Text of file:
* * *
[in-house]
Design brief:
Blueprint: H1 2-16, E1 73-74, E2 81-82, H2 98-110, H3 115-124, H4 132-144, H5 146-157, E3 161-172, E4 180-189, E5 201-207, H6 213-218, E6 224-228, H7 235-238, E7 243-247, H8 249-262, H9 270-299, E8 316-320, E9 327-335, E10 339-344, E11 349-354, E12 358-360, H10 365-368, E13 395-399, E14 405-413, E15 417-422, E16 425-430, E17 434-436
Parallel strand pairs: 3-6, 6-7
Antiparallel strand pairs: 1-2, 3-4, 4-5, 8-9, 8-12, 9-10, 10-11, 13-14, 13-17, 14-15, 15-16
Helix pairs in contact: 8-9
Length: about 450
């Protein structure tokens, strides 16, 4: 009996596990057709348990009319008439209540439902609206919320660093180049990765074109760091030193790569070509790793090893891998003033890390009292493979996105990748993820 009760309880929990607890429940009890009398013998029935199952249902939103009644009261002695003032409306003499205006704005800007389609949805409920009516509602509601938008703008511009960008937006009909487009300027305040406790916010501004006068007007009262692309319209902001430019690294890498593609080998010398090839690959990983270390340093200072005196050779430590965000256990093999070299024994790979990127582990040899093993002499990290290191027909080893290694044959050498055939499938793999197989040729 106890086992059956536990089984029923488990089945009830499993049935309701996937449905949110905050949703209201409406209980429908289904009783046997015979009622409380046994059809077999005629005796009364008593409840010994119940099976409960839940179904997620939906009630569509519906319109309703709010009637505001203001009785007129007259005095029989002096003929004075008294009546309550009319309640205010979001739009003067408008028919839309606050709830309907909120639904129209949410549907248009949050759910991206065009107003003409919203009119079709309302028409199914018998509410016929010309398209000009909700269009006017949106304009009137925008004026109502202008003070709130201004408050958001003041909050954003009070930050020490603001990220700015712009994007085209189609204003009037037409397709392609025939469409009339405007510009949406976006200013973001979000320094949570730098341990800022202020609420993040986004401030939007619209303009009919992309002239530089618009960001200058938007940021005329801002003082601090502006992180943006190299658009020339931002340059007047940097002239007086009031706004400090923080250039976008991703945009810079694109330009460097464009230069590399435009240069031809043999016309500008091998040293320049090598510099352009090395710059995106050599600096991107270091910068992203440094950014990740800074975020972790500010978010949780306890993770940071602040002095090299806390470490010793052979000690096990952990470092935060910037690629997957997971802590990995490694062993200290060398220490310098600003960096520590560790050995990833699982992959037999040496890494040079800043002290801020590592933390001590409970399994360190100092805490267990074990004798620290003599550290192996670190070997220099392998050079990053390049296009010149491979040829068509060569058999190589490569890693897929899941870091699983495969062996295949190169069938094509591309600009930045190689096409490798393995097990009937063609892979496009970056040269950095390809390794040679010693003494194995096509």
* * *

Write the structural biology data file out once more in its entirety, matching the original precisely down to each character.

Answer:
[in-house]
Design brief:
Blueprint: H1 2-16, E1 73-74, E2 81-82, H2 98-110, H3 115-124, H4 132-144, H5 146-157, E3 161-172, E4 180-189, E5 201-207, H6 213-218, E6 224-228, H7 235-238, E7 243-247, H8 249-262, H9 270-299, E8 316-320, E9 327-335, E10 339-344, E11 349-354, E12 358-360, H10 365-368, E13 395-399, E14 405-413, E15 417-422, E16 425-430, E17 434-436
Parallel strand pairs: 3-6, 6-7
Antiparallel strand pairs: 1-2, 3-4, 4-5, 8-9, 8-12, 9-10, 10-11, 13-14, 13-17, 14-15, 15-16
Helix pairs in contact: 8-9
Length: about 450
């Protein structure tokens, strides 16, 4: 009996596990057709348990009319008439209540439902609206919320660093180049990765074109760091030193790569070509790793090893891998003033890390009292493979996105990748993820 009760309880929990607890429940009890009398013998029935199952249902939103009644009261002695003032409306003499205006704005800007389609949805409920009516509602509601938008703008511009960008937006009909487009300027305040406790916010501004006068007007009262692309319209902001430019690294890498593609080998010398090839690959990983270390340093200072005196050779430590965000256990093999070299024994790979990127582990040899093993002499990290290191027909080893290694044959050498055939499938793999197989040729 106890086992059956536990089984029923488990089945009830499993049935309701996937449905949110905050949703209201409406209980429908289904009783046997015979009622409380046994059809077999005629005796009364008593409840010994119940099976409960839940179904997620939906009630569509519906319109309703709010009637505001203001009785007129007259005095029989002096003929004075008294009546309550009319309640205010979001739009003067408008028919839309606050709830309907909120639904129209949410549907248009949050759910991206065009107003003409919203009119079709309302028409199914018998509410016929010309398209000009909700269009006017949106304009009137925008004026109502202008003070709130201004408050958001003041909050954003009070930050020490603001990220700015712009994007085209189609204003009037037409397709392609025939469409009339405007510009949406976006200013973001979000320094949570730098341990800022202020609420993040986004401030939007619209303009009919992309002239530089618009960001200058938007940021005329801002003082601090502006992180943006190299658009020339931002340059007047940097002239007086009031706004400090923080250039976008991703945009810079694109330009460097464009230069590399435009240069031809043999016309500008091998040293320049090598510099352009090395710059995106050599600096991107270091910068992203440094950014990740800074975020972790500010978010949780306890993770940071602040002095090299806390470490010793052979000690096990952990470092935060910037690629997957997971802590990995490694062993200290060398220490310098600003960096520590560790050995990833699982992959037999040496890494040079800043002290801020590592933390001590409970399994360190100092805490267990074990004798620290003599550290192996670190070997220099392998050079990053390049296009010149491979040829068509060569058999190589490569890693897929899941870091699983495969062996295949190169069938094509591309600009930045190689096409490798393995097990009937063609892979496009970056040269950095390809390794040679010693003494194995096509």